My mother told me this was one of her favorite movies, so I was definitely interested to see it. I felt the same way when she told me Jane Eyre was her favorite novel – compelled to read it out of a deep and abiding love for my mom. Both are great works and worthy of exploration, but both also moved at quite a languid pace for my liking. In fact, it took me over eight years to complete Jane Eyre – even though I thought it a worthwhile story. Thankfully, it didn’t take me as long to watch Out of Africa.

Languid indeed. When we had finished this film, Mouse asked me how many years I thought the story had spanned. It was hard for me to gauge. I deeply admired Streep’s character – she has a good moral compass and seems to want to do the right thing, but was hampered greatly by the roles women could play in society at the time. Her pride motivates her to act in a number of ways that don’t serve her – in large part, to enter a marriage of convenience without love in which she experiences betrayal and humiliation more than once. It is more important to her to be married as a person of society than to be happy. Despite its origins as a marriage in name only, she and her husband do develop a physical relationship – perhaps due to proximity so far away from their native Denmark in Africa. Her philandering husband eventually gives her syphilis, and she is forced to go back to Europe for treatment. Thankfully, she is okay, but she because of this she learns she will never be able to have children. The realization seems to hit her quite acutely and quite painfully, and she throws herself squarely into her work on the farm to try to get a strong coffee crop going and for sale – something she is learning about as she goes. Continue reading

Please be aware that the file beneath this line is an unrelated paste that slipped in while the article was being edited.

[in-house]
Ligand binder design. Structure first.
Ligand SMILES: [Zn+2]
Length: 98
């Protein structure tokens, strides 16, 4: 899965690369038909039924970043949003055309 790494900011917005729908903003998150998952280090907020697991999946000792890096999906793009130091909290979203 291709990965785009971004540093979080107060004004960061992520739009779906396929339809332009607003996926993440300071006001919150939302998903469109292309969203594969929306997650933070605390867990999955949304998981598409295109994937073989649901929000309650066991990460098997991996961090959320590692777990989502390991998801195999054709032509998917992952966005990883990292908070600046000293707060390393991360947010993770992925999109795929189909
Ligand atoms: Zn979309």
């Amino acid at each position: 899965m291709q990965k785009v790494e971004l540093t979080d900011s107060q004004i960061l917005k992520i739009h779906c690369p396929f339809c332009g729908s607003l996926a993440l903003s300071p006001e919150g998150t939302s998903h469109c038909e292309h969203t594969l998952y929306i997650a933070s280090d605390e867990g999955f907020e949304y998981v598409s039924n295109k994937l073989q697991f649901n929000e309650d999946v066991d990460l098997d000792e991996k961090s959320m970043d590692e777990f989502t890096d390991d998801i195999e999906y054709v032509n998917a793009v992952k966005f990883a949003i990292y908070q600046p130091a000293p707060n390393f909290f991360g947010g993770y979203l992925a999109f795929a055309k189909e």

GANDHI (1982)

Posted in Uncategorized with tags , , , , , , , , , , , , on September 23, 2013 by cdascher

Gandhi-posterOur timing for watching this film was really perfect for me. We wrapped the viewing up at the same time as I was going to Washington, DC for the 50th Anniversary of the March on Washington, an event commemorating Martin Luther King, Junior’s historic civil rights speech. This was also my nephew’s first march. On the way down in the metro my mom, my nephew and I all talked about non-violence – and it was impossible not to bring up the man on whose life this film is based.

The film is ambitious, spanning from 1893 when Gandhi is thrown off a whites-only train in South Africa to his assassination and funeral in 1948. Ben Kingsley, fantastic in the role of Gandhi, exudes calm, conviction and fortitude – you can’t imagine the film with anyone else. Clocking in at over three hours, it definitely took us several slogs to get through and if the miniseries format had been an available delivery mechanism at the time, that might have been preferable.

On the other hand, this movie is epic – perhaps a miniseries would have robbed it of some of its cinematic breadth. It had been Director Richard Attenborough’s dream project, and he had failed twice before trying to make a film about the life of the lauded historical figure and civil rights luminary. In the end, Gandhi won 8 Academy Awards, was nominated for 3 more, and received wide critical acclaim. It’s also of note that according to the Guinness Book of World Records, the funeral scene in this film used the most extras of any film in history – 300,000.

Long, yes, but a beautiful film about the life of a fascinating man. Gandhi reminded me a bit of Lawrence of Arabia. Both are historical epics about single individuals, opening with the subject’s death, then flashing back to a pivotal moment in his life to begin the story. Both movies tell the tale of a figure who played a role in the story of British colonialism, each in his own way. But whereas T. E. Lawrence is known for leading a brutal guerrilla war, Continue reading